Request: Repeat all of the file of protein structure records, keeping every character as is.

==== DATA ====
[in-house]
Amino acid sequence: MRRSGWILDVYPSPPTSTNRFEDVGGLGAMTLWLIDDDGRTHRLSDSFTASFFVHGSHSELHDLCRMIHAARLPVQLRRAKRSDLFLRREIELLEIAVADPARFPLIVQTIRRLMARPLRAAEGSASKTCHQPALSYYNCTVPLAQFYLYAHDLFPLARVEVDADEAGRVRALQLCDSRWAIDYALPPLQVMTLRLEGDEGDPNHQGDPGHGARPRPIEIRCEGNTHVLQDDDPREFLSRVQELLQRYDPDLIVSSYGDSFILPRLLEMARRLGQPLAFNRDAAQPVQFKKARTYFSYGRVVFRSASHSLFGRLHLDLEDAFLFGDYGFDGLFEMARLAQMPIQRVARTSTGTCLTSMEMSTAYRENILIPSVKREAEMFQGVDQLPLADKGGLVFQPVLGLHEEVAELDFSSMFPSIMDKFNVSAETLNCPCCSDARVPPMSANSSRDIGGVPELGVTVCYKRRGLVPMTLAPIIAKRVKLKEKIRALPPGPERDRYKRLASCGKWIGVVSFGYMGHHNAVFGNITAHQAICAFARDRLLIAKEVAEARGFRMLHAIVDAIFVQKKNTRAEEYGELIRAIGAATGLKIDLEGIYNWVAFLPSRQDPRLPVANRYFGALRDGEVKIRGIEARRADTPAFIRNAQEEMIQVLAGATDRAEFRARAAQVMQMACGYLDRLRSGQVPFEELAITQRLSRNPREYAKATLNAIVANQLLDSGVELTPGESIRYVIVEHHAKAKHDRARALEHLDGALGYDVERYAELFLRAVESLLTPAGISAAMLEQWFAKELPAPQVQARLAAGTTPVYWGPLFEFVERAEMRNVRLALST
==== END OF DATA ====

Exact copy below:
[in-house]
Amino acid sequence: MRRSGWILDVYPSPPTSTNRFEDVGGLGAMTLWLIDDDGRTHRLSDSFTASFFVHGSHSELHDLCRMIHAARLPVQLRRAKRSDLFLRREIELLEIAVADPARFPLIVQTIRRLMARPLRAAEGSASKTCHQPALSYYNCTVPLAQFYLYAHDLFPLARVEVDADEAGRVRALQLCDSRWAIDYALPPLQVMTLRLEGDEGDPNHQGDPGHGARPRPIEIRCEGNTHVLQDDDPREFLSRVQELLQRYDPDLIVSSYGDSFILPRLLEMARRLGQPLAFNRDAAQPVQFKKARTYFSYGRVVFRSASHSLFGRLHLDLEDAFLFGDYGFDGLFEMARLAQMPIQRVARTSTGTCLTSMEMSTAYRENILIPSVKREAEMFQGVDQLPLADKGGLVFQPVLGLHEEVAELDFSSMFPSIMDKFNVSAETLNCPCCSDARVPPMSANSSRDIGGVPELGVTVCYKRRGLVPMTLAPIIAKRVKLKEKIRALPPGPERDRYKRLASCGKWIGVVSFGYMGHHNAVFGNITAHQAICAFARDRLLIAKEVAEARGFRMLHAIVDAIFVQKKNTRAEEYGELIRAIGAATGLKIDLEGIYNWVAFLPSRQDPRLPVANRYFGALRDGEVKIRGIEARRADTPAFIRNAQEEMIQVLAGATDRAEFRARAAQVMQMACGYLDRLRSGQVPFEELAITQRLSRNPREYAKATLNAIVANQLLDSGVELTPGESIRYVIVEHHAKAKHDRARALEHLDGALGYDVERYAELFLRAVESLLTPAGISAAMLEQWFAKELPAPQVQARLAAGTTPVYWGPLFEFVERAEMRNVRLALST